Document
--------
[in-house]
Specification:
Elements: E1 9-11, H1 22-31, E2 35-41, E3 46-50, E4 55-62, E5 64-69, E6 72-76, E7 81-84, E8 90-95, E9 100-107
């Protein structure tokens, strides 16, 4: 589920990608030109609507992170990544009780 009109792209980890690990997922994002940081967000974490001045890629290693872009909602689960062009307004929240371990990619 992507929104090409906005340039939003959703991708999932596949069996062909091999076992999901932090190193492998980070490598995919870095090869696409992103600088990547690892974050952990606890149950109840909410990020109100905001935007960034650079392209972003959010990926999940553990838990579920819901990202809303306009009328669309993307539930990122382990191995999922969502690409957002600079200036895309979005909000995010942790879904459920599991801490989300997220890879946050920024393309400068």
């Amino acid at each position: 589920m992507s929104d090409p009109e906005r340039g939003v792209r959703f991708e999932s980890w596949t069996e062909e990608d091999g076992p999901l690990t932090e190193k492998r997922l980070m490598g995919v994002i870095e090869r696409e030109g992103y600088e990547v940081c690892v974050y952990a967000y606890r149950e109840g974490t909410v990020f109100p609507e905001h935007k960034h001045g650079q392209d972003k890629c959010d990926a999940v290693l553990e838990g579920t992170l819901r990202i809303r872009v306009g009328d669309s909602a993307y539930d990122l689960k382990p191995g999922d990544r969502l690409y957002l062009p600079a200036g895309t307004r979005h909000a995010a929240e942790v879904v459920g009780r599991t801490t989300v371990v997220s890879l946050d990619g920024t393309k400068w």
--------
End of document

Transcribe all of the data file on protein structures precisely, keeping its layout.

[in-house]
Specification:
Elements: E1 9-11, H1 22-31, E2 35-41, E3 46-50, E4 55-62, E5 64-69, E6 72-76, E7 81-84, E8 90-95, E9 100-107
């Protein structure tokens, strides 16, 4: 589920990608030109609507992170990544009780 009109792209980890690990997922994002940081967000974490001045890629290693872009909602689960062009307004929240371990990619 992507929104090409906005340039939003959703991708999932596949069996062909091999076992999901932090190193492998980070490598995919870095090869696409992103600088990547690892974050952990606890149950109840909410990020109100905001935007960034650079392209972003959010990926999940553990838990579920819901990202809303306009009328669309993307539930990122382990191995999922969502690409957002600079200036895309979005909000995010942790879904459920599991801490989300997220890879946050920024393309400068």
């Amino acid at each position: 589920m992507s929104d090409p009109e906005r340039g939003v792209r959703f991708e999932s980890w596949t069996e062909e990608d091999g076992p999901l690990t932090e190193k492998r997922l980070m490598g995919v994002i870095e090869r696409e030109g992103y600088e990547v940081c690892v974050y952990a967000y606890r149950e109840g974490t909410v990020f109100p609507e905001h935007k960034h001045g650079q392209d972003k890629c959010d990926a999940v290693l553990e838990g579920t992170l819901r990202i809303r872009v306009g009328d669309s909602a993307y539930d990122l689960k382990p191995g999922d990544r969502l690409y957002l062009p600079a200036g895309t307004r979005h909000a995010a929240e942790v879904v459920g009780r599991t801490t989300v371990v997220s890879l946050d990619g920024t393309k400068w």